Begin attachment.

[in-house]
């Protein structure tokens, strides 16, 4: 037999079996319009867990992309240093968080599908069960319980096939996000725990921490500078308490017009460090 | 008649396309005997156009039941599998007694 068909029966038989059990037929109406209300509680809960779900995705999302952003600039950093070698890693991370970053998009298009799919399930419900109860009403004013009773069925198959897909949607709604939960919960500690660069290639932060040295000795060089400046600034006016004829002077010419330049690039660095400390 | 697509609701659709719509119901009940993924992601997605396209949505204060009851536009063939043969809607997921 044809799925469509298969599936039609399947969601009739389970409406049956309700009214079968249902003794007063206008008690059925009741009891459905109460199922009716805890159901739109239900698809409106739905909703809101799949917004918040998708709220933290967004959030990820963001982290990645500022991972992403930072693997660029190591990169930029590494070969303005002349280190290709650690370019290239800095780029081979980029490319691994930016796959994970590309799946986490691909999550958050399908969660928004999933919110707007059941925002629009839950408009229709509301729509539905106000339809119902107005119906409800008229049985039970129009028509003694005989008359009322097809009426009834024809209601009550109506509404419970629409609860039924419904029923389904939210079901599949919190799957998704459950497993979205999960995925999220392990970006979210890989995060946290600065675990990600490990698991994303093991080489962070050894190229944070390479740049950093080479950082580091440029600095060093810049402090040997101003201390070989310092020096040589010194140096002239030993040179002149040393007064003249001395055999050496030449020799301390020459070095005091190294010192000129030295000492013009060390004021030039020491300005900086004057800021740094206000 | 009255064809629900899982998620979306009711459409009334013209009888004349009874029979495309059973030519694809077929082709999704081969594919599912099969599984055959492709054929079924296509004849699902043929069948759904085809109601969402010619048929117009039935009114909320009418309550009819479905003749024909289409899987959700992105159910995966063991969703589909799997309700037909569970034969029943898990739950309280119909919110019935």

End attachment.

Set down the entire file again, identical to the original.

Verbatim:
[in-house]
């Protein structure tokens, strides 16, 4: 037999079996319009867990992309240093968080599908069960319980096939996000725990921490500078308490017009460090 | 008649396309005997156009039941599998007694 068909029966038989059990037929109406209300509680809960779900995705999302952003600039950093070698890693991370970053998009298009799919399930419900109860009403004013009773069925198959897909949607709604939960919960500690660069290639932060040295000795060089400046600034006016004829002077010419330049690039660095400390 | 697509609701659709719509119901009940993924992601997605396209949505204060009851536009063939043969809607997921 044809799925469509298969599936039609399947969601009739389970409406049956309700009214079968249902003794007063206008008690059925009741009891459905109460199922009716805890159901739109239900698809409106739905909703809101799949917004918040998708709220933290967004959030990820963001982290990645500022991972992403930072693997660029190591990169930029590494070969303005002349280190290709650690370019290239800095780029081979980029490319691994930016796959994970590309799946986490691909999550958050399908969660928004999933919110707007059941925002629009839950408009229709509301729509539905106000339809119902107005119906409800008229049985039970129009028509003694005989008359009322097809009426009834024809209601009550109506509404419970629409609860039924419904029923389904939210079901599949919190799957998704459950497993979205999960995925999220392990970006979210890989995060946290600065675990990600490990698991994303093991080489962070050894190229944070390479740049950093080479950082580091440029600095060093810049402090040997101003201390070989310092020096040589010194140096002239030993040179002149040393007064003249001395055999050496030449020799301390020459070095005091190294010192000129030295000492013009060390004021030039020491300005900086004057800021740094206000 | 009255064809629900899982998620979306009711459409009334013209009888004349009874029979495309059973030519694809077929082709999704081969594919599912099969599984055959492709054929079924296509004849699902043929069948759904085809109601969402010619048929117009039935009114909320009418309550009819479905003749024909289409899987959700992105159910995966063991969703589909799997309700037909569970034969029943898990739950309280119909919110019935």